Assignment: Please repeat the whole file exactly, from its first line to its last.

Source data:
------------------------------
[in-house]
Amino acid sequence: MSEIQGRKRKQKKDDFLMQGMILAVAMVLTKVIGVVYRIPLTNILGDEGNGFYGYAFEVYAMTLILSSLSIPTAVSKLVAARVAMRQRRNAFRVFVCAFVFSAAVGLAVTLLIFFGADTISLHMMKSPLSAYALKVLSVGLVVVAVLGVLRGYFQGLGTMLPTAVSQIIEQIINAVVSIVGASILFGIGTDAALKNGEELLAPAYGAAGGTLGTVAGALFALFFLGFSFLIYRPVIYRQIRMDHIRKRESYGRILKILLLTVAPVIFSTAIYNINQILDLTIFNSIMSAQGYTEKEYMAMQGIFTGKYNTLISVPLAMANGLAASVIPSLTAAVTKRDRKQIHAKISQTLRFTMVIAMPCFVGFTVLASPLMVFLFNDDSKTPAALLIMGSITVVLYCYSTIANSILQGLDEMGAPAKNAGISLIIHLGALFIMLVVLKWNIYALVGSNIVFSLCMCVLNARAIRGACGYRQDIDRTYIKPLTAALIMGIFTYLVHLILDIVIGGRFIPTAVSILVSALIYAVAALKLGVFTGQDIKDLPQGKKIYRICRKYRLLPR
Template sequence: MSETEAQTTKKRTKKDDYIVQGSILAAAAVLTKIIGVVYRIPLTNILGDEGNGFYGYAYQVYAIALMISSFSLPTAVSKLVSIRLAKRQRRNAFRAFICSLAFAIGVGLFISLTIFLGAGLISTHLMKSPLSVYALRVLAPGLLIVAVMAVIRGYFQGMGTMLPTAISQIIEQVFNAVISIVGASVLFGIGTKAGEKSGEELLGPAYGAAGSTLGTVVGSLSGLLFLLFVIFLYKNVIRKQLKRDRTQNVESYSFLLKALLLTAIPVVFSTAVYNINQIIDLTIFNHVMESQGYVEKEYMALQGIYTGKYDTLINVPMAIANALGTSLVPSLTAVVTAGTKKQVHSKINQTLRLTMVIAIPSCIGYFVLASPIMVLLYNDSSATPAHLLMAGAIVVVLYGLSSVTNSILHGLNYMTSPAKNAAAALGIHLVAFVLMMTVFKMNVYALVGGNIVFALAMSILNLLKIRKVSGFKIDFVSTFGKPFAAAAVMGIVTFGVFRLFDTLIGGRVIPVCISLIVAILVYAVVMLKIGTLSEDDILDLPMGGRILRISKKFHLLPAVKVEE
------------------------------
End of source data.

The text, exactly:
[in-house]
Amino acid sequence: MSEIQGRKRKQKKDDFLMQGMILAVAMVLTKVIGVVYRIPLTNILGDEGNGFYGYAFEVYAMTLILSSLSIPTAVSKLVAARVAMRQRRNAFRVFVCAFVFSAAVGLAVTLLIFFGADTISLHMMKSPLSAYALKVLSVGLVVVAVLGVLRGYFQGLGTMLPTAVSQIIEQIINAVVSIVGASILFGIGTDAALKNGEELLAPAYGAAGGTLGTVAGALFALFFLGFSFLIYRPVIYRQIRMDHIRKRESYGRILKILLLTVAPVIFSTAIYNINQILDLTIFNSIMSAQGYTEKEYMAMQGIFTGKYNTLISVPLAMANGLAASVIPSLTAAVTKRDRKQIHAKISQTLRFTMVIAMPCFVGFTVLASPLMVFLFNDDSKTPAALLIMGSITVVLYCYSTIANSILQGLDEMGAPAKNAGISLIIHLGALFIMLVVLKWNIYALVGSNIVFSLCMCVLNARAIRGACGYRQDIDRTYIKPLTAALIMGIFTYLVHLILDIVIGGRFIPTAVSILVSALIYAVAALKLGVFTGQDIKDLPQGKKIYRICRKYRLLPR
Template sequence: MSETEAQTTKKRTKKDDYIVQGSILAAAAVLTKIIGVVYRIPLTNILGDEGNGFYGYAYQVYAIALMISSFSLPTAVSKLVSIRLAKRQRRNAFRAFICSLAFAIGVGLFISLTIFLGAGLISTHLMKSPLSVYALRVLAPGLLIVAVMAVIRGYFQGMGTMLPTAISQIIEQVFNAVISIVGASVLFGIGTKAGEKSGEELLGPAYGAAGSTLGTVVGSLSGLLFLLFVIFLYKNVIRKQLKRDRTQNVESYSFLLKALLLTAIPVVFSTAVYNINQIIDLTIFNHVMESQGYVEKEYMALQGIYTGKYDTLINVPMAIANALGTSLVPSLTAVVTAGTKKQVHSKINQTLRLTMVIAIPSCIGYFVLASPIMVLLYNDSSATPAHLLMAGAIVVVLYGLSSVTNSILHGLNYMTSPAKNAAAALGIHLVAFVLMMTVFKMNVYALVGGNIVFALAMSILNLLKIRKVSGFKIDFVSTFGKPFAAAAVMGIVTFGVFRLFDTLIGGRVIPVCISLIVAILVYAVVMLKIGTLSEDDILDLPMGGRILRISKKFHLLPAVKVEE